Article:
Leaf litter diversity alters microbial activity, microbial abundances, and nutrient cycling in a subtropical forest ecosystem
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Human activities affect both tree species composition and diversity in forested ecosystems. This in turn alters the species diversity of plant litter and litter quality, which may have cascading effects on soil microbial communities and their functions for decomposition and nutrient cycling. We tested microbial responses to litter species diversity in a leaf litter decomposition experiment including monocultures, 2-, and 4-species mixtures in the subtropical climate zone of southeastern China. Soil microbial community composition was assessed by lipid analysis, and microbial functions were measured using extracellular enzyme activity and gross rates of nitrogen mineralization. We observed a positive relationship between litter species diversity and abundances of mycorrhizal fungi and actinomycetes. Alternatively, enzyme activities involved in carbon and phosphorus acquisition, and enzyme indices of relative carbon limitation, were higher only in the 4-species mixtures. This suggests that the minimum basal substrate level for enzyme production was reached, or that limitation was higher, at the highest diversity level only. Responses to litter diversity also changed over time, where phosphatase responses to litter diversity were strongest early in decomposition and the indices of carbon limitation relative to other nutrients showed stronger responses later in decomposition. Enzyme activities were related to lipid biomarker data and the mass of litter remaining at the third time point, but relationships between enzyme activity and the mass of litter remaining were not consistent across other time points. We conclude that litter species richness will likely only reduce microbial functions at key intervals of diversity loss while microbial growth is more sensitive to incremental diversity loss, with no clear relationships between them or to ecosystem functions. The observed litter diversity effects on soil microbial biomass and enzyme activity indicate interactions of aboveground and belowground communities, and together with environmental conditions they are important for maintaining ecosystem functions.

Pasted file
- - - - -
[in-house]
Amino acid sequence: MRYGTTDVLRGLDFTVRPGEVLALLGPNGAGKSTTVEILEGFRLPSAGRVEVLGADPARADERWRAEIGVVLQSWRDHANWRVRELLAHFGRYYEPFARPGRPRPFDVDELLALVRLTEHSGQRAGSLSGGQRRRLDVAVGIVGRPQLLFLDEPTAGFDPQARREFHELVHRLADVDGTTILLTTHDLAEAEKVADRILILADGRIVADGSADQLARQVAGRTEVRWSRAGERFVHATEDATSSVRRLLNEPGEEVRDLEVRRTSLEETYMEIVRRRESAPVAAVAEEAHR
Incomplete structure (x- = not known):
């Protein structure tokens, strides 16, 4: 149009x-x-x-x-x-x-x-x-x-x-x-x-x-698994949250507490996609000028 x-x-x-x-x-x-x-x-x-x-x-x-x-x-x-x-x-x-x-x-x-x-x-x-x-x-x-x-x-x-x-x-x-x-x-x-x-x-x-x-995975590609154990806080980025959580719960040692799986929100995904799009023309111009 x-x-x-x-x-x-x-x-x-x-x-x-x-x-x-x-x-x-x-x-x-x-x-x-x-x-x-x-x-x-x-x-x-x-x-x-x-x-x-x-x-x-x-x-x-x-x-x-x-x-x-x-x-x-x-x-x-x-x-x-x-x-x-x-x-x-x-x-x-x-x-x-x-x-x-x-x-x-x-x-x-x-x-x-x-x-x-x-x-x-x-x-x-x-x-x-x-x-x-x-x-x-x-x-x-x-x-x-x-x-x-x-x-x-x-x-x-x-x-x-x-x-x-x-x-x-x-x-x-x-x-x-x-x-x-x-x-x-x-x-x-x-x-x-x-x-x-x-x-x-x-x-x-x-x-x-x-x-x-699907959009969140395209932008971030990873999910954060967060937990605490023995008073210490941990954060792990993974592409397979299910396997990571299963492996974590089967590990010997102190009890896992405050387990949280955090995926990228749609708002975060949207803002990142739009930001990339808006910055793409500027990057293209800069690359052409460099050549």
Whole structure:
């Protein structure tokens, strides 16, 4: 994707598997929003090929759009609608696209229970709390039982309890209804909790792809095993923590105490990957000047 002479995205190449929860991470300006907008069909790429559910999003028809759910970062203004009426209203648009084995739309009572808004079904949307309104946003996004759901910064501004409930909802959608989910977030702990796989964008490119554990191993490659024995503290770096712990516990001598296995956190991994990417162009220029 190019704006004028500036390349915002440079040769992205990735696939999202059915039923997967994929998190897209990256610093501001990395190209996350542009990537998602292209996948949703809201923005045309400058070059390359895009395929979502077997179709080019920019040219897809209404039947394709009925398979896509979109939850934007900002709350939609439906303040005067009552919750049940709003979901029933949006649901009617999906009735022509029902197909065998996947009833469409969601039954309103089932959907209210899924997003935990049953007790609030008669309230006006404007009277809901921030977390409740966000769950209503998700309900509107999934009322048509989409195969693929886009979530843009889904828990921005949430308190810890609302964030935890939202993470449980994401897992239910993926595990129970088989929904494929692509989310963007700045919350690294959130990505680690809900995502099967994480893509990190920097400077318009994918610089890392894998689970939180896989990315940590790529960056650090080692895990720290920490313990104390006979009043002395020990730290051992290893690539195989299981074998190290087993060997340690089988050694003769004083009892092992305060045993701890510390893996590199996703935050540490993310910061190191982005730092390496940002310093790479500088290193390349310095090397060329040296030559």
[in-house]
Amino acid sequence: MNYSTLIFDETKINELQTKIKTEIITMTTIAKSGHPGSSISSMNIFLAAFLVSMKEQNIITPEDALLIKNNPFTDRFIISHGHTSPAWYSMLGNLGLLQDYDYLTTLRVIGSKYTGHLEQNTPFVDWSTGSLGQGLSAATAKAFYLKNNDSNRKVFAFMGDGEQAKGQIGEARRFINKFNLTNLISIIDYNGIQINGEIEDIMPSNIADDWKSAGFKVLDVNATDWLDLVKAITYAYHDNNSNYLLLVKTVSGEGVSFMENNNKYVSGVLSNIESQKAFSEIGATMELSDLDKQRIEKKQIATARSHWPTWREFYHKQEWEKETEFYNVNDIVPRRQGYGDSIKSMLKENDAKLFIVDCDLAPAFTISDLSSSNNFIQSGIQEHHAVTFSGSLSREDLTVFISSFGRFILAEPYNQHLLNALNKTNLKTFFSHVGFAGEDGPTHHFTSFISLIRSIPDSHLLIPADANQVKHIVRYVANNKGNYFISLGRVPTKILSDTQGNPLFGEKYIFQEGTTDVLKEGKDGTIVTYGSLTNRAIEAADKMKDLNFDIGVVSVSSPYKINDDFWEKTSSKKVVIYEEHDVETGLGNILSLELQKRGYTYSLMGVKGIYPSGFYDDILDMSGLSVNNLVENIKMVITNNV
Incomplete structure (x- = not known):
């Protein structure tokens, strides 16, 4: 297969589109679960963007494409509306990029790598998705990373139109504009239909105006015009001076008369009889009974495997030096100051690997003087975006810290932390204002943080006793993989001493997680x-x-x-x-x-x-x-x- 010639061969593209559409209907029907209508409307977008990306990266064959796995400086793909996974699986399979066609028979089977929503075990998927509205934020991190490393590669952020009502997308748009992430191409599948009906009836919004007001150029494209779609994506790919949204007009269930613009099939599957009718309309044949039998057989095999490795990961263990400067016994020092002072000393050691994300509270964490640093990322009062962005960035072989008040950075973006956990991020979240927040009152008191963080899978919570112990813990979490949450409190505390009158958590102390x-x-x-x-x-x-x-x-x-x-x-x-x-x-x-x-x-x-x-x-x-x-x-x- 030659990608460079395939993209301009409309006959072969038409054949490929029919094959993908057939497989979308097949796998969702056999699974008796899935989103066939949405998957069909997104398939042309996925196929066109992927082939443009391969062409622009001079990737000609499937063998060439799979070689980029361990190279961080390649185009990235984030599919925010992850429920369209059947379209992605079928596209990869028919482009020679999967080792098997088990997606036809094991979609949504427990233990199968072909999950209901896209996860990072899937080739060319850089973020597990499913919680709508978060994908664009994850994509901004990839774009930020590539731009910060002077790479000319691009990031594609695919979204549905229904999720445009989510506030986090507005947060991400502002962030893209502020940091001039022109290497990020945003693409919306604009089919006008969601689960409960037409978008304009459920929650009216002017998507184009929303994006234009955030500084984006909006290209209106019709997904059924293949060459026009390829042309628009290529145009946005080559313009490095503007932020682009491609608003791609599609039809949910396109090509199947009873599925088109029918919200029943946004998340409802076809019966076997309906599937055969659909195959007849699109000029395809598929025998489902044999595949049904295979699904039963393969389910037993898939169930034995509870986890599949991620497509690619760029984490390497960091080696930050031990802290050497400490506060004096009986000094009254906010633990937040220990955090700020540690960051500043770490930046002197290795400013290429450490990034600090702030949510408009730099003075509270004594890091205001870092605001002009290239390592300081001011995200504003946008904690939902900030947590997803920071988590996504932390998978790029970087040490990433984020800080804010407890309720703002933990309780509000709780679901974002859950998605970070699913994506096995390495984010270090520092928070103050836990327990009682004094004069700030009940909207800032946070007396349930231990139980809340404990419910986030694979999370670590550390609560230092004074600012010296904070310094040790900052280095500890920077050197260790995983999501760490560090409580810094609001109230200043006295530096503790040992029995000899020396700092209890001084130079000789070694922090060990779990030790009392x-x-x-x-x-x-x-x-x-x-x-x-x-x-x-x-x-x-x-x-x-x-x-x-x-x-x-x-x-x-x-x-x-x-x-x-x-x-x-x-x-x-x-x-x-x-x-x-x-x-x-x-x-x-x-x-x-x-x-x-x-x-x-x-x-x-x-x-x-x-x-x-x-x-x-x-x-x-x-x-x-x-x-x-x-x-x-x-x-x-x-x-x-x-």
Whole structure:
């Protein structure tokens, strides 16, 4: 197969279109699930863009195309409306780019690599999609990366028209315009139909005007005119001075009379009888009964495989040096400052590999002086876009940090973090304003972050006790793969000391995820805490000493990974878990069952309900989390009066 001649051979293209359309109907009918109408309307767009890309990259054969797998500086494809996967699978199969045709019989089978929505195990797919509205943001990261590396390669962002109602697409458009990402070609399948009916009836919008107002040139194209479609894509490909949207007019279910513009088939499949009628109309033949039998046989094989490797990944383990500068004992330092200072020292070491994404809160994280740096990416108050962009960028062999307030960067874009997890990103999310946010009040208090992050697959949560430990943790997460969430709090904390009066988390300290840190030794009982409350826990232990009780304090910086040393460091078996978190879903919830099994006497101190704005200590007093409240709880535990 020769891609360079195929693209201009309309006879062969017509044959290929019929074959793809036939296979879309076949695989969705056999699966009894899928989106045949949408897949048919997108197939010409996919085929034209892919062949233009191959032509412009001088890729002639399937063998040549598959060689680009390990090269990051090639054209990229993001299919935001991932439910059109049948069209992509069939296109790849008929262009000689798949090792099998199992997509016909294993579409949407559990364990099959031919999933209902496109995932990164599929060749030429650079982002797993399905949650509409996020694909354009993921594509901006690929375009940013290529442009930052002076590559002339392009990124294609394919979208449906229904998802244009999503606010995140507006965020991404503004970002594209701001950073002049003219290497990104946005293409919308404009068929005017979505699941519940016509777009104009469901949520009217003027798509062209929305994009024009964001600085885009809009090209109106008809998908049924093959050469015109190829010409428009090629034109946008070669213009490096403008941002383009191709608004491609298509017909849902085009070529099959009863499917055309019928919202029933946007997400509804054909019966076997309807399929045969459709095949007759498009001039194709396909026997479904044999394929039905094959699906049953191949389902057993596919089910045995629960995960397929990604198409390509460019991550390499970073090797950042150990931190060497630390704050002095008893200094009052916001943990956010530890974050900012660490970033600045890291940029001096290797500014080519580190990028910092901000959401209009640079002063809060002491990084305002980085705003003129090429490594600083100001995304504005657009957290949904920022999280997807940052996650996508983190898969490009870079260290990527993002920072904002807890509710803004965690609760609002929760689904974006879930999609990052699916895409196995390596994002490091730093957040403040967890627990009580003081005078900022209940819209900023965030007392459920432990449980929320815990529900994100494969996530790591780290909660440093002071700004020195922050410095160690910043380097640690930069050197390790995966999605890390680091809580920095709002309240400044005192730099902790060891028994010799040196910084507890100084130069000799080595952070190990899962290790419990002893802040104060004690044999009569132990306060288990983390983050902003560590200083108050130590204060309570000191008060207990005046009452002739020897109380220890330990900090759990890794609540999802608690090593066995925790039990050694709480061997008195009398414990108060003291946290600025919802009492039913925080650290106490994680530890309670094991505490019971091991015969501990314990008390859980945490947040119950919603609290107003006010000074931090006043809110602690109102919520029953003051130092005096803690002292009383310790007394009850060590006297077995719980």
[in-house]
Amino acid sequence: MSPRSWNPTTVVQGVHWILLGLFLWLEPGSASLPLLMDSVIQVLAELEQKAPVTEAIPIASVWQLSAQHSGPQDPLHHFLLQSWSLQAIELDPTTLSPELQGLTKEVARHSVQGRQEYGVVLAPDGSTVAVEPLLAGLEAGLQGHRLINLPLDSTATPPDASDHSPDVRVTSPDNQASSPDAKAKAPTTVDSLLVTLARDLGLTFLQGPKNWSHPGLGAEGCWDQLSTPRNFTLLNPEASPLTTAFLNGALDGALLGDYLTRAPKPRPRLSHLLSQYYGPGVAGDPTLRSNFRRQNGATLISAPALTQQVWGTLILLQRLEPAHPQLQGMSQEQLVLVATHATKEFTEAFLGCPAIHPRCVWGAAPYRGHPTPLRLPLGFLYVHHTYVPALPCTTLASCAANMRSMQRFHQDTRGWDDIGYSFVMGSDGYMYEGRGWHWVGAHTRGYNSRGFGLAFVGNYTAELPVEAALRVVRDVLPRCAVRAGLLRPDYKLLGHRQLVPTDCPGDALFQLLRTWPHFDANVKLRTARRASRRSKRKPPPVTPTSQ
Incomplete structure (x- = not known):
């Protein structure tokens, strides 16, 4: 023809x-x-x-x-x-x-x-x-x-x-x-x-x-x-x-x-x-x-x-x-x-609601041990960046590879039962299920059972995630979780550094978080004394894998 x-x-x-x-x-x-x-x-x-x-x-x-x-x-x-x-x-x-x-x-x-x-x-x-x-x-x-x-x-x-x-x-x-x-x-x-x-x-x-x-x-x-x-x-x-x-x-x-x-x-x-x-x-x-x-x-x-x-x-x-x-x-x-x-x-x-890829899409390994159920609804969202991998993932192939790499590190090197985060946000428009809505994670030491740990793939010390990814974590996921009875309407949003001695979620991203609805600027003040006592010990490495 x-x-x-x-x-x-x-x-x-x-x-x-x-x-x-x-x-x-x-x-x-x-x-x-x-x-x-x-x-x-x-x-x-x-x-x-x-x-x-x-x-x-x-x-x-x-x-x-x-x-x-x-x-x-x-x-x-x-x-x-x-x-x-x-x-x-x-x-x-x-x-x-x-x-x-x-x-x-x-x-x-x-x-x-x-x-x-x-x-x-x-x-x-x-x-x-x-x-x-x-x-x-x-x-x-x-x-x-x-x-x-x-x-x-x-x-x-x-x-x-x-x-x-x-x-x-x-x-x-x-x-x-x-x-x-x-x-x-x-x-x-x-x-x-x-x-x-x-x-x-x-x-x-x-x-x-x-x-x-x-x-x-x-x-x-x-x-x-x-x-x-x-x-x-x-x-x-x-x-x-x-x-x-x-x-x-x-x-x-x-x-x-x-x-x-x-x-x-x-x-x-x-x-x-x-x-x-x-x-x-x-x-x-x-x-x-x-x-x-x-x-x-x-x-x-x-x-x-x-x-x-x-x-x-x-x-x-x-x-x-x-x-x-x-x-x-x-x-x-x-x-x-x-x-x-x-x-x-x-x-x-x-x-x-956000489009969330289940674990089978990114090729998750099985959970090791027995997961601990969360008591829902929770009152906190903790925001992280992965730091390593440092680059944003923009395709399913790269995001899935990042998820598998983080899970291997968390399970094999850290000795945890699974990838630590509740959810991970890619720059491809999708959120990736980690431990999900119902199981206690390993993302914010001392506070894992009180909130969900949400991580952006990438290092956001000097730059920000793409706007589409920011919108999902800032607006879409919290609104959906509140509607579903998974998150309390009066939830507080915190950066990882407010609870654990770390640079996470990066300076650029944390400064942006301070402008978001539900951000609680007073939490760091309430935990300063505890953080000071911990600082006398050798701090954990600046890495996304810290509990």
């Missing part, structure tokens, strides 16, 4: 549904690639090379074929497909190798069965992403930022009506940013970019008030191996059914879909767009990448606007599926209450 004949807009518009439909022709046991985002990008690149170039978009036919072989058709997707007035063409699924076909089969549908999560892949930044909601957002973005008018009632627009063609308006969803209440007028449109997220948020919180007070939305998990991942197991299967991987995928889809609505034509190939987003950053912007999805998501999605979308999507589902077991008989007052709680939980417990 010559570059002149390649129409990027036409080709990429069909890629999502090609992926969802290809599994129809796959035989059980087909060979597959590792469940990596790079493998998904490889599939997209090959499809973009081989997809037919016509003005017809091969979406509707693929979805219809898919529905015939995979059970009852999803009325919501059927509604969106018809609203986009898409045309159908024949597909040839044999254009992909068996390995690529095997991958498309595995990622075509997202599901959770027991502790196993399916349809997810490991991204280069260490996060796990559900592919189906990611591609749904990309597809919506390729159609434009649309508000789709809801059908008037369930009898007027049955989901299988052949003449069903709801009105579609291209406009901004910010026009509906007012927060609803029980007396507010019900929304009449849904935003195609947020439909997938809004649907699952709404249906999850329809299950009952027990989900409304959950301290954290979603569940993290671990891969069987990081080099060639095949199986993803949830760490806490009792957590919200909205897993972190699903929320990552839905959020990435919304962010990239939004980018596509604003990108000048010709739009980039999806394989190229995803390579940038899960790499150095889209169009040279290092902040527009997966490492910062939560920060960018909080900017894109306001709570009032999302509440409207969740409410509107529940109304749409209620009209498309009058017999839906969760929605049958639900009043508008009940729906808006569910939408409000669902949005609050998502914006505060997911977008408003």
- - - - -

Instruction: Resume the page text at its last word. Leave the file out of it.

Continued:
KeywordsEnzyme activity Litter decomposition Litter diversity effects Microbial community composition Nitrogen mineralization rates Subtropical forest
We thank all the members of NILEX group (within Biodiversity and Ecosystem Function-China Project) as well as the field helpers for their efforts for establishing and maintaining the field plots. We thank Yvonne Eckstein and Ann-Kathrin Blank for their help with lipid analysis and Kantida Juncheed for her help in enzyme activity measurement. We thank also Oliver Spott and Bernd Apelt for their help with N mineralization rates measurements. We thank Peter Kühn, Steffen Seitz and Philipp Goebes for providing the basic soil data. This work was funded by German Research Foundation (DFG) (Research Unit FOR 891/2, BU941/24-2, GU 1237/1-1) and by University of Minnesota internal faculty startup funds.
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